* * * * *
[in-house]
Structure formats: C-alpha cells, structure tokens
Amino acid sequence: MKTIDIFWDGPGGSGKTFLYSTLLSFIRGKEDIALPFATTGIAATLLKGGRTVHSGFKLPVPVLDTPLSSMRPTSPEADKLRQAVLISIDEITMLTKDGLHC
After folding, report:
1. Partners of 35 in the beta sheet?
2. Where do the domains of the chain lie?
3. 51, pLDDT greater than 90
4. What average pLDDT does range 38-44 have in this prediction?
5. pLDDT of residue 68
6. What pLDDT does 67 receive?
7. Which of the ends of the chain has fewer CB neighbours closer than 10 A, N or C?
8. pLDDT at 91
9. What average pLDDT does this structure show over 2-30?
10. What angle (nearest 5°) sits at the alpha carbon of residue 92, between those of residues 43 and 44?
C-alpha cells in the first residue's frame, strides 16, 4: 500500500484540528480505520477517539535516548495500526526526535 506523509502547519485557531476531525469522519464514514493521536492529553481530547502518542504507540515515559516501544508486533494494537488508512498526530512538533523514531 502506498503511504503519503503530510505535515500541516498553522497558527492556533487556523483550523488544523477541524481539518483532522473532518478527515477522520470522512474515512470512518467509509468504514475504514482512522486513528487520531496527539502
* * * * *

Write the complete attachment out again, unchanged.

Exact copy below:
[in-house]
Structure formats: C-alpha cells, structure tokens
Amino acid sequence: MKTIDIFWDGPGGSGKTFLYSTLLSFIRGKEDIALPFATTGIAATLLKGGRTVHSGFKLPVPVLDTPLSSMRPTSPEADKLRQAVLISIDEITMLTKDGLHC
After folding, report:
1. Partners of 35 in the beta sheet?
2. Where do the domains of the chain lie?
3. 51, pLDDT greater than 90
4. What average pLDDT does range 38-44 have in this prediction?
5. pLDDT of residue 68
6. What pLDDT does 67 receive?
7. Which of the ends of the chain has fewer CB neighbours closer than 10 A, N or C?
8. pLDDT at 91
9. What average pLDDT does this structure show over 2-30?
10. What angle (nearest 5°) sits at the alpha carbon of residue 92, between those of residues 43 and 44?
C-alpha cells in the first residue's frame, strides 16, 4: 500500500484540528480505520477517539535516548495500526526526535 506523509502547519485557531476531525469522519464514514493521536492529553481530547502518542504507540515515559516501544508486533494494537488508512498526530512538533523514531 502506498503511504503519503503530510505535515500541516498553522497558527492556533487556523483550523488544523477541524481539518483532522473532518478527515477522520470522512474515512470512518467509509468504514475504514482512522486513528487520531496527539502